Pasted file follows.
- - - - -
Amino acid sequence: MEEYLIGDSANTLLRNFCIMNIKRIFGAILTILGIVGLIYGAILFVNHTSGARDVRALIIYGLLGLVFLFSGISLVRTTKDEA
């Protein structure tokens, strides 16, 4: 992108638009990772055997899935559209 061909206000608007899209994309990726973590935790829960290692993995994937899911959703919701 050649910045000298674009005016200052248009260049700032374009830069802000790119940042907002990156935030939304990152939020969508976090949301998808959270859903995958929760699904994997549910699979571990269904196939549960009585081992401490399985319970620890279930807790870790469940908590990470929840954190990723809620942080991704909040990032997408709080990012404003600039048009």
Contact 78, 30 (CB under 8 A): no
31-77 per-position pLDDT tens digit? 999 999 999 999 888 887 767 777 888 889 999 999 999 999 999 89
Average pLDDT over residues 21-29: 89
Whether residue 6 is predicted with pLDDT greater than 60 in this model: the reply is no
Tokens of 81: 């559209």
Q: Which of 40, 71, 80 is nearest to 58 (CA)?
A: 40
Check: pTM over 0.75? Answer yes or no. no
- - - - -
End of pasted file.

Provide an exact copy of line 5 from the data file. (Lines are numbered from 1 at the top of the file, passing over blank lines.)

Average pLDDT over residues 21-29: 89